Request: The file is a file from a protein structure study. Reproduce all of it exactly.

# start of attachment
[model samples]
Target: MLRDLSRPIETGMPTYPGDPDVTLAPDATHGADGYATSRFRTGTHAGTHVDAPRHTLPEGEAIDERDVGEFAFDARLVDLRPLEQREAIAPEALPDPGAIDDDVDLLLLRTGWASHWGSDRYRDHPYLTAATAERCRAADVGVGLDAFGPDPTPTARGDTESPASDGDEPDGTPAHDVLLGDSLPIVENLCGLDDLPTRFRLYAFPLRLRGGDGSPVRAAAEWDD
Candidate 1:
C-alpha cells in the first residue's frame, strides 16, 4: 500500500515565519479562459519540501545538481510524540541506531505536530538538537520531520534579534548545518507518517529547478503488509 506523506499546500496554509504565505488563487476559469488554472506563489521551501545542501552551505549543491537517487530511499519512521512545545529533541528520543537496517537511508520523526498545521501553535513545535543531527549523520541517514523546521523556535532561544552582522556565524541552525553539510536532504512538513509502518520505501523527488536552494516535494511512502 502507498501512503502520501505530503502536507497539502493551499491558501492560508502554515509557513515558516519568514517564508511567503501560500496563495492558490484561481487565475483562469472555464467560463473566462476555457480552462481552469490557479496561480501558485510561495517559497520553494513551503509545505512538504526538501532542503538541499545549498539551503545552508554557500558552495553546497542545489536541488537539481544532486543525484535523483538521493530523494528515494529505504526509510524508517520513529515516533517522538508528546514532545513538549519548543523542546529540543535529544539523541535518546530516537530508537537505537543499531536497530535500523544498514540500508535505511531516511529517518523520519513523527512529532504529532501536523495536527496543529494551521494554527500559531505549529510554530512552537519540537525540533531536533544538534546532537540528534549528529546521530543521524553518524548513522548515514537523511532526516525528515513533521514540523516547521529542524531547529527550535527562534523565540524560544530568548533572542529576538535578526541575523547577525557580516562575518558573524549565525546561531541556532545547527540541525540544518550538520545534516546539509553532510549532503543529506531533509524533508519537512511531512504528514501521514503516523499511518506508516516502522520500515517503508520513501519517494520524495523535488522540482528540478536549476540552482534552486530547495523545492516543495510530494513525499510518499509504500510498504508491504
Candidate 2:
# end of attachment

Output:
[model samples]
Target: MLRDLSRPIETGMPTYPGDPDVTLAPDATHGADGYATSRFRTGTHAGTHVDAPRHTLPEGEAIDERDVGEFAFDARLVDLRPLEQREAIAPEALPDPGAIDDDVDLLLLRTGWASHWGSDRYRDHPYLTAATAERCRAADVGVGLDAFGPDPTPTARGDTESPASDGDEPDGTPAHDVLLGDSLPIVENLCGLDDLPTRFRLYAFPLRLRGGDGSPVRAAAEWDD
Candidate 1:
C-alpha cells in the first residue's frame, strides 16, 4: 500500500515565519479562459519540501545538481510524540541506531505536530538538537520531520534579534548545518507518517529547478503488509 506523506499546500496554509504565505488563487476559469488554472506563489521551501545542501552551505549543491537517487530511499519512521512545545529533541528520543537496517537511508520523526498545521501553535513545535543531527549523520541517514523546521523556535532561544552582522556565524541552525553539510536532504512538513509502518520505501523527488536552494516535494511512502 502507498501512503502520501505530503502536507497539502493551499491558501492560508502554515509557513515558516519568514517564508511567503501560500496563495492558490484561481487565475483562469472555464467560463473566462476555457480552462481552469490557479496561480501558485510561495517559497520553494513551503509545505512538504526538501532542503538541499545549498539551503545552508554557500558552495553546497542545489536541488537539481544532486543525484535523483538521493530523494528515494529505504526509510524508517520513529515516533517522538508528546514532545513538549519548543523542546529540543535529544539523541535518546530516537530508537537505537543499531536497530535500523544498514540500508535505511531516511529517518523520519513523527512529532504529532501536523495536527496543529494551521494554527500559531505549529510554530512552537519540537525540533531536533544538534546532537540528534549528529546521530543521524553518524548513522548515514537523511532526516525528515513533521514540523516547521529542524531547529527550535527562534523565540524560544530568548533572542529576538535578526541575523547577525557580516562575518558573524549565525546561531541556532545547527540541525540544518550538520545534516546539509553532510549532503543529506531533509524533508519537512511531512504528514501521514503516523499511518506508516516502522520500515517503508520513501519517494520524495523535488522540482528540478536549476540552482534552486530547495523545492516543495510530494513525499510518499509504500510498504508491504
Candidate 2: